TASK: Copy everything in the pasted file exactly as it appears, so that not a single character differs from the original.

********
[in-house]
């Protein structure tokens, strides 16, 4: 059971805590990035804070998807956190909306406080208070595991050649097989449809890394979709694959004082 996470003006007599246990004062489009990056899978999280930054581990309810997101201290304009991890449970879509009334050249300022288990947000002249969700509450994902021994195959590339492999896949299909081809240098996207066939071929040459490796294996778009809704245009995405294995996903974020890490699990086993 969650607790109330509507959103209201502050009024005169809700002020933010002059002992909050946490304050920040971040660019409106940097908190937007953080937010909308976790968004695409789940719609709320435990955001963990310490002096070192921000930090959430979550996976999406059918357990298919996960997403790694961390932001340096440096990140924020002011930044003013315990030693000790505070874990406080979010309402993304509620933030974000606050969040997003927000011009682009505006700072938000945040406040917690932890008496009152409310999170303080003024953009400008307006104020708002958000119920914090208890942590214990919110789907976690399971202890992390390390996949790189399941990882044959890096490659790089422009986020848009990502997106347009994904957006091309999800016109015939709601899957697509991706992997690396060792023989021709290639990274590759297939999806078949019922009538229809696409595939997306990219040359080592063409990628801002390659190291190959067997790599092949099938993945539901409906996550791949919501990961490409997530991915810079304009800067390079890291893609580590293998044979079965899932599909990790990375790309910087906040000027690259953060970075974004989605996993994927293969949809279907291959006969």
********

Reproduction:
[in-house]
């Protein structure tokens, strides 16, 4: 059971805590990035804070998807956190909306406080208070595991050649097989449809890394979709694959004082 996470003006007599246990004062489009990056899978999280930054581990309810997101201290304009991890449970879509009334050249300022288990947000002249969700509450994902021994195959590339492999896949299909081809240098996207066939071929040459490796294996778009809704245009995405294995996903974020890490699990086993 969650607790109330509507959103209201502050009024005169809700002020933010002059002992909050946490304050920040971040660019409106940097908190937007953080937010909308976790968004695409789940719609709320435990955001963990310490002096070192921000930090959430979550996976999406059918357990298919996960997403790694961390932001340096440096990140924020002011930044003013315990030693000790505070874990406080979010309402993304509620933030974000606050969040997003927000011009682009505006700072938000945040406040917690932890008496009152409310999170303080003024953009400008307006104020708002958000119920914090208890942590214990919110789907976690399971202890992390390390996949790189399941990882044959890096490659790089422009986020848009990502997106347009994904957006091309999800016109015939709601899957697509991706992997690396060792023989021709290639990274590759297939999806078949019922009538229809696409595939997306990219040359080592063409990628801002390659190291190959067997790599092949099938993945539901409906996550791949919501990961490409997530991915810079304009800067390079890291893609580590293998044979079965899932599909990790990375790309910087906040000027690259953060970075974004989605996993994927293969949809279907291959006969």